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tinalove (@tinalove)

Concerned about the side effects of anastrozole

Breast Cancer | Last Active: Aug 1 10:50am | Replies (1725)

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my first suggestion is to read about the new specialist; their bio, anything that they have published, etc. My second suggestion is to ask friends, co workers, neighbors, support group members who have had breast cancer for their experiences with area specialists. That has been extremely helpful for me. Finally, I would ask the current doctor about the specialist – how they know the doctor, what their working relationship is, how many patients they have sent on to that doctor, etc. If you are working with a nurse navigator, ask that person as well.
Best of luck – I was fortunate to be referred to an amazing doctor for a second opinion.

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Replies to "my first suggestion is to read about the new specialist; their bio, anything that they have..."

@oilermama @colleenyoung A few thoughts about opinions and breast cancer.

When I first got the news about the possibility of breast cancer (immediately following a mammogram from the lab's radiologist), I was in shock. Following the succeeding core biopsy (where the Nottingham and FISH histologic grade scores disagreed…), I went directly to my GP who had several recommendations on surgeons and oncologists (translation: doctors who had good reputations). It took another month to get an appointment with the breast cancer surgeon I chose… another several weeks to get on her surgical schedule… another ten days to get on the schedule of the tumor board (a group of cancer specialists) which she had convened.

With the tumor board report in hand (saying radiation and AI is all that was needed for Stage 1, ER+, HER2+, Grade 2), I called one of the recommended oncologists (another 3 weeks to get on her schedule) who disagreed with the tumor board report and insisted that I begin with 12 weeks of chemo and 12 months of Herceptin infusions, followed by radiation at the conclusion of the chemo part and an AI. She gave me ten days to decide what I was going to do. Back to the surgeon for her recommendation on a second opinion oncologist who saw me two days before my decision was due. The whole time, my head is swimming. The second oncologist agreed with the first one on complying with those treatment standards because of my HER2 status… the first oncologist said it was due to the Grade 2 status of the tumor.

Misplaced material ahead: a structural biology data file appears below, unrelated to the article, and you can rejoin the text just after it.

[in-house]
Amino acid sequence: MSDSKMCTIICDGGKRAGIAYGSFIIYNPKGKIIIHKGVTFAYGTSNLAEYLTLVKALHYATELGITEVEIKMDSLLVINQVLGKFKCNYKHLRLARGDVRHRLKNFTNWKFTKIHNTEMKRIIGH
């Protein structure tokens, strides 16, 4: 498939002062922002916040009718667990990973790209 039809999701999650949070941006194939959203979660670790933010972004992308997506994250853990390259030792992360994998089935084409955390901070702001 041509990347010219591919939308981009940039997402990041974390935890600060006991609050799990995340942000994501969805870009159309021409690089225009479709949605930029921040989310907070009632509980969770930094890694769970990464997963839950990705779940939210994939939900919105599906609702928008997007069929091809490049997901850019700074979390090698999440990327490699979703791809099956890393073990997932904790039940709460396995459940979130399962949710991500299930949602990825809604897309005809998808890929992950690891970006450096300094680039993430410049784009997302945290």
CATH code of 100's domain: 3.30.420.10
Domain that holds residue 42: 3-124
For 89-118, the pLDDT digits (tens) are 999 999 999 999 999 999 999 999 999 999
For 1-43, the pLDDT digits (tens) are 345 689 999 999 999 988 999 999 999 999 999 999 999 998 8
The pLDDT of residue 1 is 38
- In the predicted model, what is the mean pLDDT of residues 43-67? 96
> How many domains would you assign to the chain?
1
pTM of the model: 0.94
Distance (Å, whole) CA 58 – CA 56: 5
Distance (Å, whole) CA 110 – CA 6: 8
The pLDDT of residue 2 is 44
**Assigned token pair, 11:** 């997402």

During chemo, a second radiology oncologist disagreed with the first radiology oncologist on whether radiation was recommended at my age.

In the meantime, I'm reading how the British National Health System had decided that 9 weeks of Herceptin infusions were as effective as the 12 months of infusions (recommended by the oncologist), resulting in fewer cardiac effects and lower costs. My oncologist disagreed. I stopped the Herceptin (concurrent with chemo) after the recommended 3 months of chemo. My surgeon agreed with my decision, my oncologist did not. Four months later, the American Society of Oncologists declared that six months of Herceptin is as effective as 12 months. My oncologist continues to opine that this group's conclusion does not comply with the established treatment standards….

Cancer is a harrowing swamp of opinions (locally, regionally, nationally, and internationally). I live in the San Francisco Bay Area with access to plenty of top-rated hospitals and physicians, and yet, in the end, YOU have to pick your way through the alligators… YOU have to decide between all the varying opinions and in a short period of time (and last I looked, I don't have a medical degree). I recently read that some researchers now believe that breast cancer is caused by a bacteria…? that recurrence increases once AI treatment ends? … on and on. The science of it all will continue to evolve and the physicians will continue to rely on treatment standards and be behind the curve as they wait for long-term trials to play out. In the meantime, breast cancer is effecting 1 in 7 women and, according to my surgeon, is predicted to effect 1 in 4 within 15-20 years… and each woman basically is on her own in her fight for survival.